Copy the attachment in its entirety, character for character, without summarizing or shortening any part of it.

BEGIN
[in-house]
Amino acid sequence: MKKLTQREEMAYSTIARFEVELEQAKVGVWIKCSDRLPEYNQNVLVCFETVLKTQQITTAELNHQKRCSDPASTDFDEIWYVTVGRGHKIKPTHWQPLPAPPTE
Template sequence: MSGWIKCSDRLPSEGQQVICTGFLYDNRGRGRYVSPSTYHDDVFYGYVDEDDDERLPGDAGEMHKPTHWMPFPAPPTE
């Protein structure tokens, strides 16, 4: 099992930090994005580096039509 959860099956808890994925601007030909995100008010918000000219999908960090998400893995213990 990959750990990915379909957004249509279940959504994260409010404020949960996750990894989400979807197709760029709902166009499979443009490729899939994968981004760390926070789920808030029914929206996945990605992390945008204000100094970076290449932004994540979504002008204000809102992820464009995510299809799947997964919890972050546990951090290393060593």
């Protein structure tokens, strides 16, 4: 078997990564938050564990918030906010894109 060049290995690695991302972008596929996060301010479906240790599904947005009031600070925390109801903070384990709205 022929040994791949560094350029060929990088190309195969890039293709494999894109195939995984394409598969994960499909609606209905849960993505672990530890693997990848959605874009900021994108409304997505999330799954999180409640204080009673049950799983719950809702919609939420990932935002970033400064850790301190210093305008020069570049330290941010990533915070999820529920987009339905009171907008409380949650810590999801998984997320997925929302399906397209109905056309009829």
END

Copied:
[in-house]
Amino acid sequence: MKKLTQREEMAYSTIARFEVELEQAKVGVWIKCSDRLPEYNQNVLVCFETVLKTQQITTAELNHQKRCSDPASTDFDEIWYVTVGRGHKIKPTHWQPLPAPPTE
Template sequence: MSGWIKCSDRLPSEGQQVICTGFLYDNRGRGRYVSPSTYHDDVFYGYVDEDDDERLPGDAGEMHKPTHWMPFPAPPTE
């Protein structure tokens, strides 16, 4: 099992930090994005580096039509 959860099956808890994925601007030909995100008010918000000219999908960090998400893995213990 990959750990990915379909957004249509279940959504994260409010404020949960996750990894989400979807197709760029709902166009499979443009490729899939994968981004760390926070789920808030029914929206996945990605992390945008204000100094970076290449932004994540979504002008204000809102992820464009995510299809799947997964919890972050546990951090290393060593």
């Protein structure tokens, strides 16, 4: 078997990564938050564990918030906010894109 060049290995690695991302972008596929996060301010479906240790599904947005009031600070925390109801903070384990709205 022929040994791949560094350029060929990088190309195969890039293709494999894109195939995984394409598969994960499909609606209905849960993505672990530890693997990848959605874009900021994108409304997505999330799954999180409640204080009673049950799983719950809702919609939420990932935002970033400064850790301190210093305008020069570049330290941010990533915070999820529920987009339905009171907008409380949650810590999801998984997320997925929302399906397209109905056309009829």